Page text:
From toilet to agriculture: Fertilization with microalgal biomass from wastewater impacts the soil and rhizosphere active microbiomes, greenhouse gas emissions and plant growth

A.K.A. Suleiman, Késia S. Lourenço, C Clark, R.L. Luz, G.H.R. Silva, L.E.M. Vet, H. Cantarella, T.V. Fernandes, Eiko Kuramae (Corresponding author)

Research output: Contribution to journal/periodicalArticleScientificpeer-review

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Abstract

Human activities are pushing earth beyond its natural limits, so recycling nutrients is mandatory. Microalgae are highly effective in nutrient recovery and have strong potential as a sustainable wastewater treatment technology. Here, nutrients from black water (toilet wastewater) were recovered as microalgal biomass, which was dried and assessed as a fertilizer in pot experiments compared with inorganic fertilizer. We deciphered the effects of microalgal biomass as a biofertilizer on plant growth and quality and the biological processes linked to greenhouse gas (GHG) emissions. In addition, we elucidated the assembly of the active microbiome in bulk soil and rhizosphere during barley development. Microalgal biomass application and inorganic fertilizer (NPK) resulted in similar plant productivity (16.6 g pot−1). Cumulative nitrous oxide (N2O) emissions were 4.6-fold higher in the treatment amended with microalgal fertilizer (3.1% of applied N) than that with inorganic fertilizer (0.5% of applied N). Nitrification by bacteria was likely the main pathway responsible for N2O emissions (R2 = 0.7, p ≤ 0.001). The application of nitrogen fertilizers affected the structures of both the active bacterial and protozoan communities, but these effects were less obvious than the strong plant effect, as the recruited microbiota varied among different plant developmental stages. Both treatments enriched similar bacterial and protozoan taxonomic orders but with different distributions through time across the plant developmental stages. Furthermore, the bacterial community showed a clear trend of resilience from the beginning of the experiment until harvest, which was not observed for protozoa. Our results indicate that the use of microalgal biomass as a fertilizer is a viable option for recycling nutrients from wastewater into plant production.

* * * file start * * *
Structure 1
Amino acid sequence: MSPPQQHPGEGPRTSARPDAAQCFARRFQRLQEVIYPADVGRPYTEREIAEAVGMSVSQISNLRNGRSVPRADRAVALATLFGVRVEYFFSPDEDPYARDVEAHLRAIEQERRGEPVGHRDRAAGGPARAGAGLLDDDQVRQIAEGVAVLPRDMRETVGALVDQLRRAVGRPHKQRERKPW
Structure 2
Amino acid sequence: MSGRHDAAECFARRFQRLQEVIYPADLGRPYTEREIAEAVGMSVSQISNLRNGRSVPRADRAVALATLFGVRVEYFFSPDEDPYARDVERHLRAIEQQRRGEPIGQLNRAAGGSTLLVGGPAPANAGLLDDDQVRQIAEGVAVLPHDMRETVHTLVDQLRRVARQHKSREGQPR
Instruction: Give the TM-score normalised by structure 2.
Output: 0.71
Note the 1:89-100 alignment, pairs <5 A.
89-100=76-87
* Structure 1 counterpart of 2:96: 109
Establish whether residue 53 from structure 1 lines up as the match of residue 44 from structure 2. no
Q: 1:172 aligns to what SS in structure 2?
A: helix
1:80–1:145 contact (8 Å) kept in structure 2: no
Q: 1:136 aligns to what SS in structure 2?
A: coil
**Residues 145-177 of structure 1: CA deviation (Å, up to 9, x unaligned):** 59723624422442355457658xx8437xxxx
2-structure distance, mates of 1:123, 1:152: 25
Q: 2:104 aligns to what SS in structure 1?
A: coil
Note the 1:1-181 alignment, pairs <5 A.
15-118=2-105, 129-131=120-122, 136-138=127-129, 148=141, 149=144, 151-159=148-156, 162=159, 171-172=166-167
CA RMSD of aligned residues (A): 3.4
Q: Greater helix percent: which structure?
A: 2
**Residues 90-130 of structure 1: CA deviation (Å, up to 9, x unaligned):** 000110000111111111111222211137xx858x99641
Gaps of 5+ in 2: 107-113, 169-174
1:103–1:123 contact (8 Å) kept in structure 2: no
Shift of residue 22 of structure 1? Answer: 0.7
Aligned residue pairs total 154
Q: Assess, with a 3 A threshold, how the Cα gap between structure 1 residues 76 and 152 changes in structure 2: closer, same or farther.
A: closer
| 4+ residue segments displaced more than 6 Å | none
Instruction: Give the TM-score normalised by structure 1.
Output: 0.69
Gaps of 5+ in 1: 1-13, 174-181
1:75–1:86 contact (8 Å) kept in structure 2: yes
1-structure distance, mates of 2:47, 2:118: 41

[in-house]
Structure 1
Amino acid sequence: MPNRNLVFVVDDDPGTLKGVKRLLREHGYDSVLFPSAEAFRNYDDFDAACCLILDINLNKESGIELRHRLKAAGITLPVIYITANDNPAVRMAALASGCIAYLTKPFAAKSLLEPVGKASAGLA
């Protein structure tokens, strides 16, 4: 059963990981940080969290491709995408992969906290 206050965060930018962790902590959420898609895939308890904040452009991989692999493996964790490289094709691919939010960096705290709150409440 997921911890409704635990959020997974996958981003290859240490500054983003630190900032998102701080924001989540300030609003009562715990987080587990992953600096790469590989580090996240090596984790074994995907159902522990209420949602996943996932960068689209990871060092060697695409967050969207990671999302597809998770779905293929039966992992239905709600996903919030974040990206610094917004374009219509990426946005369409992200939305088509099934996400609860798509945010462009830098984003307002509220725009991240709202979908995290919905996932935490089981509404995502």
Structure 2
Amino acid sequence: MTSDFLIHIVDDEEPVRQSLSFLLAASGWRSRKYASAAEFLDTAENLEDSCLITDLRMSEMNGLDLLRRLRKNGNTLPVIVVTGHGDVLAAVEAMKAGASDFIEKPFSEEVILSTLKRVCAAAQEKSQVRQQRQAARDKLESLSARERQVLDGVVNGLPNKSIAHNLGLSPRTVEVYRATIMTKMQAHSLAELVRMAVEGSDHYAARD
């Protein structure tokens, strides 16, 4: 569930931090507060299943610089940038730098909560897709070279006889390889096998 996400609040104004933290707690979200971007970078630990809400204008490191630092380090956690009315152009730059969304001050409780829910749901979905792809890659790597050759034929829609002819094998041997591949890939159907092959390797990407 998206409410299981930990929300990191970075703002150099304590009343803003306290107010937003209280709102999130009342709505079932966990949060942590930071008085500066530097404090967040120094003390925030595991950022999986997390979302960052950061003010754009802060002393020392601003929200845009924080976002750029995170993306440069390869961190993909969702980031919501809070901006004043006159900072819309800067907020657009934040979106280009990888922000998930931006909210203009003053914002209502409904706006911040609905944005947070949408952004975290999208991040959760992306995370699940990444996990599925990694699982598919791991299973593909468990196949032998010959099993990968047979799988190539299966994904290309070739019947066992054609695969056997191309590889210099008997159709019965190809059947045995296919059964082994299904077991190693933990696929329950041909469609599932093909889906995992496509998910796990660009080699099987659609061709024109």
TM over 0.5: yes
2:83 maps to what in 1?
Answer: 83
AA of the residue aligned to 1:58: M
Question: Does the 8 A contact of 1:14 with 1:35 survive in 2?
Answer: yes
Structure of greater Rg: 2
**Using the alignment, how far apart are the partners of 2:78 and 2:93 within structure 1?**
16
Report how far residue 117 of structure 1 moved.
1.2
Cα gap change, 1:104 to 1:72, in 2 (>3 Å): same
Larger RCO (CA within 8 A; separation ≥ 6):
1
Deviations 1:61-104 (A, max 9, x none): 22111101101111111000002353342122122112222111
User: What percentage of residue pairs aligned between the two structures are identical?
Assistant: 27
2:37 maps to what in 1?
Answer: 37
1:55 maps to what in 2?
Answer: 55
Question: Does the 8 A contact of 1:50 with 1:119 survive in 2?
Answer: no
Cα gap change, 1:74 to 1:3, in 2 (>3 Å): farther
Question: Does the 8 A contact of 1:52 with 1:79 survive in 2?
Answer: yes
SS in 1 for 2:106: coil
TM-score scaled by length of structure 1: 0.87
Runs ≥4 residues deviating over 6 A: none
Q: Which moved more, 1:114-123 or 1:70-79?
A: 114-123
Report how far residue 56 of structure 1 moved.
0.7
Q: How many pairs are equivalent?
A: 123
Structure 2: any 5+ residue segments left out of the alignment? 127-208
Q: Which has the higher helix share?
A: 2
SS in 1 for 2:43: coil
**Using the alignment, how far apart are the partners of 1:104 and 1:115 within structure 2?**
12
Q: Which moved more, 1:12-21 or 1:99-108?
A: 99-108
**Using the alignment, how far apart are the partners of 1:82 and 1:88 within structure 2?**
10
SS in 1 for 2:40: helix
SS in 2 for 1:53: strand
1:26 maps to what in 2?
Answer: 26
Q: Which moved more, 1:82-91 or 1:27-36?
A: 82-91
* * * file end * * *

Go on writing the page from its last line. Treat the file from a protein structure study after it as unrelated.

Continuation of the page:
Original languageEnglish
Article number104924
JournalResources, Conservation and Recycling
Volume161
Early online date2020
DOIs
Publication statusPublished - Oct 2020

Keywords

  • international
  • Plan_S-Compliant_TA

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